Earning an associate’s degree raises career-long earnings by $259,000, concludes a new study, What’s the Value of an Associate’s Degree? The Return on Investment for Graduates and Taxpayers. “Even after factoring in the costs that graduates incur when earning the degree, the associate’s degree is a good investment,” wrote authors Jorge Klor de Alva, president of Nexus Research and Policy Center, and Mark Schneider, president of College Measures and an AIR Fellow and vice president.
Among the top 20 percent of institutions with graduates enjoying the highest return on investment (ROI), California and Texas had the most high-ROI colleges.
Located in the heart of Silicon Valley, Foothill College graduates earn $745,000 more than the state’s high school graduates over a 40-year career, the study estimated. Two other community colleges in the area — Ohlone Community College with $740,292 and Evergreen Valley College with $705,787 provided a very strong ROI.
However, colleges’ ROI varies greatly, the study found.
California has five schools whose graduates earn less than the median earnings of those with only a high school degree: Oxnard College, with $90,166 less; Mendocino College, $71,503 less; Reedley College, $60,554 less; Los Angeles Mission College, $28,345 less, and Cuesta College, $18,284.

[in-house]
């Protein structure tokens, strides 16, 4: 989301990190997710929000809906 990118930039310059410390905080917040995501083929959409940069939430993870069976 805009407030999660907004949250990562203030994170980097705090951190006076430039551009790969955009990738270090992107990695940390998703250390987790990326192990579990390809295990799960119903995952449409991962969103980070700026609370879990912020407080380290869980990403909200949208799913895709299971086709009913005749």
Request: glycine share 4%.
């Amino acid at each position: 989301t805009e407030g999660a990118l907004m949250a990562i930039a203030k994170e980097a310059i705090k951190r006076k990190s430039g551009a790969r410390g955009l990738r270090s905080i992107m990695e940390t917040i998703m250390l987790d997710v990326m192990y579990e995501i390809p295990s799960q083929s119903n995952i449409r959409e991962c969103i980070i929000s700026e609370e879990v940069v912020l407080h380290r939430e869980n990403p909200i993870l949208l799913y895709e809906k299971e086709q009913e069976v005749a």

Thirty states have at least one community college with graduates whose median net financial return over a 40-year work-life falls below the lifetime earnings of in-state high school graduates.
Returns were especially low in Missouri and Montana.
As graduates earn more, they pay more in taxes. The average gain in additional tax revenue is $67,000.
Klor de Alva and Schneider concluded that community colleges, states, and the nation should: reward progression, retention, and completion through performance funding formulas; distribute resources carefully to promote success; emphasize technical training and close ties between schools and their local labor market; and collect better data, at the student and program levels, and make the data publicly available.
Students who earned certificates weren’t included in the study, even though “some certificates permit students to earn starting salaries that are higher than those earned by associate’s or even bachelor’s degree holders.” Little data is available on certificates’ value, the authors wrote.